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  • Australian Breast Centre

Why Do I Need A DEXA Scan?

Updated: Mar 18

Being referred for any scan can be nerve-wracking. The good news is that DEXA scans are a quick, convenient and non-invasive way to detect conditions (osteoporosis, rheumatoid arthritis and liver disease for example) before they become a problem.

What Is A DEXA Scan?

First, the terminology:

  • DEXA  – also called dual-energy x-ray absorptiometry, bone densitometry or more commonly, bone density scanning. This enhanced X-ray technology is the diagnostic tool of choice to measure bone mineral density (BMD). Also used for other body composition measurements including body fat.

  • BMD – bone mineral density. A BMD test can detect osteopenia and osteoporosis by measuring the density (strength) of your bones in the hip and spine as represented by calcium content.

  • QCT – An alternative to DEXA, Quantitative Computed Tomography is performed on a CT scanner and also measures BMD. QCT is generally used when DEXA is not available (e.g. in rural areas). However, research shows that a QCT scan can detect low bone mass earlier than other scans as it isolates the soft bone in the spine for analysis (soft bone is affected earlier than hard bone) (source).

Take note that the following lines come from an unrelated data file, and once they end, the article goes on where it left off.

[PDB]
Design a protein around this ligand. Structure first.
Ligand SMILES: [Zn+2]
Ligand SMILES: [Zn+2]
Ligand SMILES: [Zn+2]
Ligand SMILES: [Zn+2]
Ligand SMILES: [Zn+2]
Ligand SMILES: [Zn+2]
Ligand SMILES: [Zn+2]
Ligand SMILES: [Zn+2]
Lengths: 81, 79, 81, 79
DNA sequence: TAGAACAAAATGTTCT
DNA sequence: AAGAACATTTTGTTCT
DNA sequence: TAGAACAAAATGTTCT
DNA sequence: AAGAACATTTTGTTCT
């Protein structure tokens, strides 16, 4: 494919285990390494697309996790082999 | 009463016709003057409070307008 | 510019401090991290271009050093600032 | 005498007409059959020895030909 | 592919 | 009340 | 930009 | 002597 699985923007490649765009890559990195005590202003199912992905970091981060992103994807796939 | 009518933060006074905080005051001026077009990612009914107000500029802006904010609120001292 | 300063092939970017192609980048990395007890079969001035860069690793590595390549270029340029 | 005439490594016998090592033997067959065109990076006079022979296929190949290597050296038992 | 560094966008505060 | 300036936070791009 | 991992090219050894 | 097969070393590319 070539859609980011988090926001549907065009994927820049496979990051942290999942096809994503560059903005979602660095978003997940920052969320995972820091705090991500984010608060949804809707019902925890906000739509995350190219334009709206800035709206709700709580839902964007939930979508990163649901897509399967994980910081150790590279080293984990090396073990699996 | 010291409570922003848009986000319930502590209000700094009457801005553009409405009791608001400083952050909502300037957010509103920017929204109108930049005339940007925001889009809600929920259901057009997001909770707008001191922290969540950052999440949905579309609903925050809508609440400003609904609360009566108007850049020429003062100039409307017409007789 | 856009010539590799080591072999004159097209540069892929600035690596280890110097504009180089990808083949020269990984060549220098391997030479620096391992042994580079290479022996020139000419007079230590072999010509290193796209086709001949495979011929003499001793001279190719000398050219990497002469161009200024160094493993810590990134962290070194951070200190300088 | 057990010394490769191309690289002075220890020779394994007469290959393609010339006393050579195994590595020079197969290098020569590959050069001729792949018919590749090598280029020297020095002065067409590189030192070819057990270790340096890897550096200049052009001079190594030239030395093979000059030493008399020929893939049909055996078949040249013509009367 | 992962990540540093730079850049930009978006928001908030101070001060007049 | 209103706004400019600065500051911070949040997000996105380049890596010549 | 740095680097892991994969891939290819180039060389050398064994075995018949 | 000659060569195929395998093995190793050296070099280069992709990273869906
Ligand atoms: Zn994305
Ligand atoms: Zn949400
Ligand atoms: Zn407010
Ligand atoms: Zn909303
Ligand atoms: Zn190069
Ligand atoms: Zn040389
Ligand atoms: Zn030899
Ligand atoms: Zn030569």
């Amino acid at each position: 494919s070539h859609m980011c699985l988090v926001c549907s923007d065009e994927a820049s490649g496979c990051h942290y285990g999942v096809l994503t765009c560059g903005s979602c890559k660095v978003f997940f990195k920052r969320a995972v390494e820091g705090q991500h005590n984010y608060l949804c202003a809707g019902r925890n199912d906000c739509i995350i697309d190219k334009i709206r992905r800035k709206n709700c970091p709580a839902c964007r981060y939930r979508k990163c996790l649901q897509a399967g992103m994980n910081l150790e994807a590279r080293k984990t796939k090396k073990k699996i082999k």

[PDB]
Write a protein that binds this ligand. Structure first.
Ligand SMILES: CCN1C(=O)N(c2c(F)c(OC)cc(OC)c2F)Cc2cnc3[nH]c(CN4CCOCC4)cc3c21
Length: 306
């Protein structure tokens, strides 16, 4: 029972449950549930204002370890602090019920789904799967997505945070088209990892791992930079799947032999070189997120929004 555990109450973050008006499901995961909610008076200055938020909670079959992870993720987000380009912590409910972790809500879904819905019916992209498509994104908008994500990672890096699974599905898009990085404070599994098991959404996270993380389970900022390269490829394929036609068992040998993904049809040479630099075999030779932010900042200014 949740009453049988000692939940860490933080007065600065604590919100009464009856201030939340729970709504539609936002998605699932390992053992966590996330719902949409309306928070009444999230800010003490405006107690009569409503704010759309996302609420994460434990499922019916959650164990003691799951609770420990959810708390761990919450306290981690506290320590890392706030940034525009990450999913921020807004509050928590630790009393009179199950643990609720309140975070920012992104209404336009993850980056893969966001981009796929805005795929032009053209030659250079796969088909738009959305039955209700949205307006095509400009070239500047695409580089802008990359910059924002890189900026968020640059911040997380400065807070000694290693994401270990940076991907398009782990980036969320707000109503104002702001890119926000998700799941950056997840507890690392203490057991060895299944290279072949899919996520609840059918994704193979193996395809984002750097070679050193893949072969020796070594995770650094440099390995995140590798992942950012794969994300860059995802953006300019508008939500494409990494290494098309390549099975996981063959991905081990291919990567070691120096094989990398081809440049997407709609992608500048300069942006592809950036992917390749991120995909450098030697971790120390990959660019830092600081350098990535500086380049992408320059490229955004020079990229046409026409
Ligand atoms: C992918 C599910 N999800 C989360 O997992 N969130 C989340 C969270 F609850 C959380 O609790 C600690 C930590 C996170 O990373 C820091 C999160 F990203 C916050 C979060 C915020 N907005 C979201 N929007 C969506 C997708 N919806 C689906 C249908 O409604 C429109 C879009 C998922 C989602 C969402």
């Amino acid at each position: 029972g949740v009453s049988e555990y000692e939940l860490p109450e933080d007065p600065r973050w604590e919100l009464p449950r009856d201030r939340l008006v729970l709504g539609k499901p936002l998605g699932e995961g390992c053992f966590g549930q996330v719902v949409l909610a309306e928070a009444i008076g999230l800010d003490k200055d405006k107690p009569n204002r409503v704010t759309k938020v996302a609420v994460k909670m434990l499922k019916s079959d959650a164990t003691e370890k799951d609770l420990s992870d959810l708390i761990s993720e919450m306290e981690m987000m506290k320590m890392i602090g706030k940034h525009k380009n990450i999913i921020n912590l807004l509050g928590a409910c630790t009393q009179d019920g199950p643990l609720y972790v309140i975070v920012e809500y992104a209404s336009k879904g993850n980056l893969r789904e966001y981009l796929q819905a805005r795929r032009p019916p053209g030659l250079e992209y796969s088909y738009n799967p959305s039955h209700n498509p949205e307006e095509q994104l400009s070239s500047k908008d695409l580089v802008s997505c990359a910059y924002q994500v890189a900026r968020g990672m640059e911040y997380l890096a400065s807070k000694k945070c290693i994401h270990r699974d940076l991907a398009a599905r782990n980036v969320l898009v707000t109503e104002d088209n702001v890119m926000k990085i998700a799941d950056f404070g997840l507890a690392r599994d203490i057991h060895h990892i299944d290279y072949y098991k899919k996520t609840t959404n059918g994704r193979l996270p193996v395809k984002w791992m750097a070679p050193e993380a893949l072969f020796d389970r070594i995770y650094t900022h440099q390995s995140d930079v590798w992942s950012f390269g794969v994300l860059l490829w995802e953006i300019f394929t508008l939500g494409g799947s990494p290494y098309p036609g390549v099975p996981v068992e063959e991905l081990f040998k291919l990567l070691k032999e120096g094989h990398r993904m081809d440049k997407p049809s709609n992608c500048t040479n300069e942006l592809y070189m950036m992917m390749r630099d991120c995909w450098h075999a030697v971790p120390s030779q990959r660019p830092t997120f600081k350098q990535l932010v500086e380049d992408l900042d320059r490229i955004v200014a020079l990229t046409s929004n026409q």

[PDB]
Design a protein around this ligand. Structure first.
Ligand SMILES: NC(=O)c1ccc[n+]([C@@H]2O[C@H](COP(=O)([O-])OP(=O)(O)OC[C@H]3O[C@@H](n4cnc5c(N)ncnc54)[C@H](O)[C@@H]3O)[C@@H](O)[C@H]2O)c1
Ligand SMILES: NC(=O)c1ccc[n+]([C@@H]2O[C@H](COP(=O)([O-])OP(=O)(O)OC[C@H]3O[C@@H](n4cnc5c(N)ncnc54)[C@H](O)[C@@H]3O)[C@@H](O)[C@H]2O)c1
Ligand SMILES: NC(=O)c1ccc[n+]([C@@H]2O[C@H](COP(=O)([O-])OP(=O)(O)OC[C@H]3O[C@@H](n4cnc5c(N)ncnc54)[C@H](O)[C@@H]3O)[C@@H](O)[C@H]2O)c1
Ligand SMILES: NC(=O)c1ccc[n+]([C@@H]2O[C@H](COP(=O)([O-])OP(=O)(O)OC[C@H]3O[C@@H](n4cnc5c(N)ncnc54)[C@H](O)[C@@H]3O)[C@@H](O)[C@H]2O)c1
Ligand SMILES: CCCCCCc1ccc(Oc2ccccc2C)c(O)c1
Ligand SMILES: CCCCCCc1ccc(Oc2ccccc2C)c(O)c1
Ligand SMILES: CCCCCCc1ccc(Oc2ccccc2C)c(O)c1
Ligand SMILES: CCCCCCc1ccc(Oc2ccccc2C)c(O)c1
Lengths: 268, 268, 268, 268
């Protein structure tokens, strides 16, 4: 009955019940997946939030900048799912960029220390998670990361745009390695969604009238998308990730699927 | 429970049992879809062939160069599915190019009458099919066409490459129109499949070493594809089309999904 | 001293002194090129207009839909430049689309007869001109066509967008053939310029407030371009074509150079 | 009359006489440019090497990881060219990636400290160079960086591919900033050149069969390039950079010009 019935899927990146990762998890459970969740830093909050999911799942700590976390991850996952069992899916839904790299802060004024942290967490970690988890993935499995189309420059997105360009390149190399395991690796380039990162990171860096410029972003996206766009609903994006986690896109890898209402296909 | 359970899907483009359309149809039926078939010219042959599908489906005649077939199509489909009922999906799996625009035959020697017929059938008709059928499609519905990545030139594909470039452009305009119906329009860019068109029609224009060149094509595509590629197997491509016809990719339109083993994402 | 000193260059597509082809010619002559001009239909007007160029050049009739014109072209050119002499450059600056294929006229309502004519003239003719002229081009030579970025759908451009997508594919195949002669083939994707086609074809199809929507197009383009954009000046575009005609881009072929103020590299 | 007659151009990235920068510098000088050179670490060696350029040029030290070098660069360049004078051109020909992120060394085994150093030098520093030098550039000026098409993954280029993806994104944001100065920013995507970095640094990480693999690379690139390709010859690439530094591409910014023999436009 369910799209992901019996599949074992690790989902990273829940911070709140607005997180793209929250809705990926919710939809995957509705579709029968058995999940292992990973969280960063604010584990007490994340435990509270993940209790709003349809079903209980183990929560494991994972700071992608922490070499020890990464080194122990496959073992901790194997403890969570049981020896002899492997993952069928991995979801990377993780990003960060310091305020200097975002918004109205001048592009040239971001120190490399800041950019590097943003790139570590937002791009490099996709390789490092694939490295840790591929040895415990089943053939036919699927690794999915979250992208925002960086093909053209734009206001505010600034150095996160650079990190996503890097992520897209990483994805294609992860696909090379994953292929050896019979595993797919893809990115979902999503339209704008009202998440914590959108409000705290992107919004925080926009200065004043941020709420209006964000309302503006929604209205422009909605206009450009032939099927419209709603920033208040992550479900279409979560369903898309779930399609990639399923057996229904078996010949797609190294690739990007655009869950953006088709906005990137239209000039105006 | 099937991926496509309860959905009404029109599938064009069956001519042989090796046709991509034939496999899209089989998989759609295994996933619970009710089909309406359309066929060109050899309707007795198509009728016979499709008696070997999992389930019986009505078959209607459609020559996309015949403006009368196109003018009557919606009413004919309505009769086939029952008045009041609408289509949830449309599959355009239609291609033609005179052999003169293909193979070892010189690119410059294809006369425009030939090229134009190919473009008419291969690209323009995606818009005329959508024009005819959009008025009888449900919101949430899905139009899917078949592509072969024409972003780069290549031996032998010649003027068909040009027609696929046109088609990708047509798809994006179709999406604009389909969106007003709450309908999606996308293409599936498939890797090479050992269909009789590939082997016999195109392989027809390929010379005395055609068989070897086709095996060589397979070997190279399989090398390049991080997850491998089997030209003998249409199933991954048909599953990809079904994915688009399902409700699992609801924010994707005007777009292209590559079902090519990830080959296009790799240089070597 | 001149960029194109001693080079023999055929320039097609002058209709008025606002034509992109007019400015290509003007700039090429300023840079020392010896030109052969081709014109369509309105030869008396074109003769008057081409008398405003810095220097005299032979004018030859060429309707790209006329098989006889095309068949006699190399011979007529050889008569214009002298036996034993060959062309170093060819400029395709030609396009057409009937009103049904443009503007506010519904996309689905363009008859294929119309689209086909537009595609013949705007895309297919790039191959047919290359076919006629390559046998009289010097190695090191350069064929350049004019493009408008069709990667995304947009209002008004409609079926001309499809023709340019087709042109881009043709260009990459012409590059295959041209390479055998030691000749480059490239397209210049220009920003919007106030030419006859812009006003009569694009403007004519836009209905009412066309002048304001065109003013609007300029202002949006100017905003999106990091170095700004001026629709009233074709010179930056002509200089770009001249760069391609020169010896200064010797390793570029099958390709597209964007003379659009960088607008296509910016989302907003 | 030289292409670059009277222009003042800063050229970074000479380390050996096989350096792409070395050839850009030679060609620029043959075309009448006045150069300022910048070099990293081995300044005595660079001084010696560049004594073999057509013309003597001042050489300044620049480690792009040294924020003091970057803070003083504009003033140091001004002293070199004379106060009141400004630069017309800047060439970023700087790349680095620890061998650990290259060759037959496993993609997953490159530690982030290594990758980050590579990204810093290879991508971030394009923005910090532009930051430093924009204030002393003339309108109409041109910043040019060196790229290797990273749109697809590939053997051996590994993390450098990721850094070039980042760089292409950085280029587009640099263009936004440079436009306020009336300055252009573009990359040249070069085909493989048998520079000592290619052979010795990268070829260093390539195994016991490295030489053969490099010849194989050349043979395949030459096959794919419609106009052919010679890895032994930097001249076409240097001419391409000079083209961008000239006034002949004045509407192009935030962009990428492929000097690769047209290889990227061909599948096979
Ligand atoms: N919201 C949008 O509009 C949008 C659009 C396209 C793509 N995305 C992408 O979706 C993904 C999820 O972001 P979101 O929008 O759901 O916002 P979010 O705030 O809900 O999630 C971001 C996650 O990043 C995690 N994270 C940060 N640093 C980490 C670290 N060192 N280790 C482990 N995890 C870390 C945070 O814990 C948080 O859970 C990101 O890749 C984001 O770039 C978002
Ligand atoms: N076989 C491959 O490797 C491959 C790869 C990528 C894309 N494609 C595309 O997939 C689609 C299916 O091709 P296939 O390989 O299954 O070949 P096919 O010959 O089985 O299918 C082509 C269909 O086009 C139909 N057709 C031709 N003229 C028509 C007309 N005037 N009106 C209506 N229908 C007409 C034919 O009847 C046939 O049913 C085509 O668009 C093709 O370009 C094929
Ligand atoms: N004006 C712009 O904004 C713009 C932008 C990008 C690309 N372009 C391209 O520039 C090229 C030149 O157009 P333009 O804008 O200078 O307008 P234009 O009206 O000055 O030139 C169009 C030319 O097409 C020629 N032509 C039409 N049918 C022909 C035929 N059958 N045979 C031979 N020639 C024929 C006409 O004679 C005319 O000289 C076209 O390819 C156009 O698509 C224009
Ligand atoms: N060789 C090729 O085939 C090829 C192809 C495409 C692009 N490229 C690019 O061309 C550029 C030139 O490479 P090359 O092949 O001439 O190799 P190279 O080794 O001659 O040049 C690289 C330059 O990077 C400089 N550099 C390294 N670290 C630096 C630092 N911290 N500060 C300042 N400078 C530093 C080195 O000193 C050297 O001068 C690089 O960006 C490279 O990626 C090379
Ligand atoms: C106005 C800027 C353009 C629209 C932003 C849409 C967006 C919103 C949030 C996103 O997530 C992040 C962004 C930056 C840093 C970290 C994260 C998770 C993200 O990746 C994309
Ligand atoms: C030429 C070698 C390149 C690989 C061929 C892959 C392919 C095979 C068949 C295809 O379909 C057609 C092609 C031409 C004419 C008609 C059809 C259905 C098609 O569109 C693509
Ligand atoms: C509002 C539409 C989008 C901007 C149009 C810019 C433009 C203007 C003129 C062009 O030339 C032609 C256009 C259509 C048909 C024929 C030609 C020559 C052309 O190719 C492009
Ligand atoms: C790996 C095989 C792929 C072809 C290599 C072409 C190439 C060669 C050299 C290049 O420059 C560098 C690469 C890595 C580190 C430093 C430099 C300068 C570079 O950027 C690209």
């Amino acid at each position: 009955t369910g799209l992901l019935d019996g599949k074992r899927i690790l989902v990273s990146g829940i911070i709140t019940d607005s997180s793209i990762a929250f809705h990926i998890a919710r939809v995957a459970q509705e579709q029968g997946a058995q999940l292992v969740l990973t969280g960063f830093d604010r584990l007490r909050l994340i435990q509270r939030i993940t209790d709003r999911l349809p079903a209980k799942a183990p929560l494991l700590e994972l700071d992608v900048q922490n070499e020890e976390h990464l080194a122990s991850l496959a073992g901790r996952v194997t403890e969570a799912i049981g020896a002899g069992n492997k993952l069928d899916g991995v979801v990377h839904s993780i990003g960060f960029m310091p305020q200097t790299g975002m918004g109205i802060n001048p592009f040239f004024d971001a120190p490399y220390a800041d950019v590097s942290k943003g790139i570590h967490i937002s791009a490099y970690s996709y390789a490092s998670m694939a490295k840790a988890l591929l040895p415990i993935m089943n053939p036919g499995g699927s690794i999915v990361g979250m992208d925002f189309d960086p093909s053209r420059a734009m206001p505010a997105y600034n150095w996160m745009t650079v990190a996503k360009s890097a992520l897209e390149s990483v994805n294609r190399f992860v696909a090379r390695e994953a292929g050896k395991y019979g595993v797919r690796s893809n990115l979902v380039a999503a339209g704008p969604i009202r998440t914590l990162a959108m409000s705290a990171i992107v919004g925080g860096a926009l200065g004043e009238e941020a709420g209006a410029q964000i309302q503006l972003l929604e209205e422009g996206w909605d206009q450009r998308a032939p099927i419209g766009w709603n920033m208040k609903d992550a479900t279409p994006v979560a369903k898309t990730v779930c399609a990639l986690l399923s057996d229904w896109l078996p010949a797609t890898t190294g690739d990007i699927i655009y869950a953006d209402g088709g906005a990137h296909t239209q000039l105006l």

A Dexa Scan is quick, painless and safe. It takes approximately 15- 20 minutes for the scanner to pass over specific areas of your body while you lie on your back. Results are interpreted by an imaging specialist and passed on to your GP. Please discuss getting your results with your clinician on the day of your scan. You can eat and drink on the day of your test, but make sure you read preparing for your DEXA test.

Should I Have A DEXA Scan?

If your doctor recommends a DEXA scan, it is a good idea to follow their advice. Knowing what is going on inside your body will help you make lifestyle changes to improve health and prevent disease.

Some reasons your GP might refer you for a DEXA scan include:

You have recently fractured a bone in circumstances that wouldn’t normally cause a fracture.

Early menopause or your ovaries were removed before the age of 45 (and you haven’t had HRT)

You have other risk factors for low bone density (family history, rheumatoid arthritis, hyperthyroidism, kidney or liver disease)

DEXA scans are also the most accurate way to measure your body fat percentage and pinpoint its location, specifically, fat located in the abdominal cavity.  Fat stored around the internal organs, known as visceral fat, is dangerous and puts you at a higher risk of a range of conditions including heart disease, diabetes and some cancers. The body composition data provided from a DEXA scan can be interpreted to help you make changes to your diet and exercise regime. A follow-up DEXA scan will help you see the positive effects of these changes.

DEXA Scans In Sydney, Shoalhaven and Illawarra

Vision XRAY is pleased to offer DEXA Scanning at the following locations:

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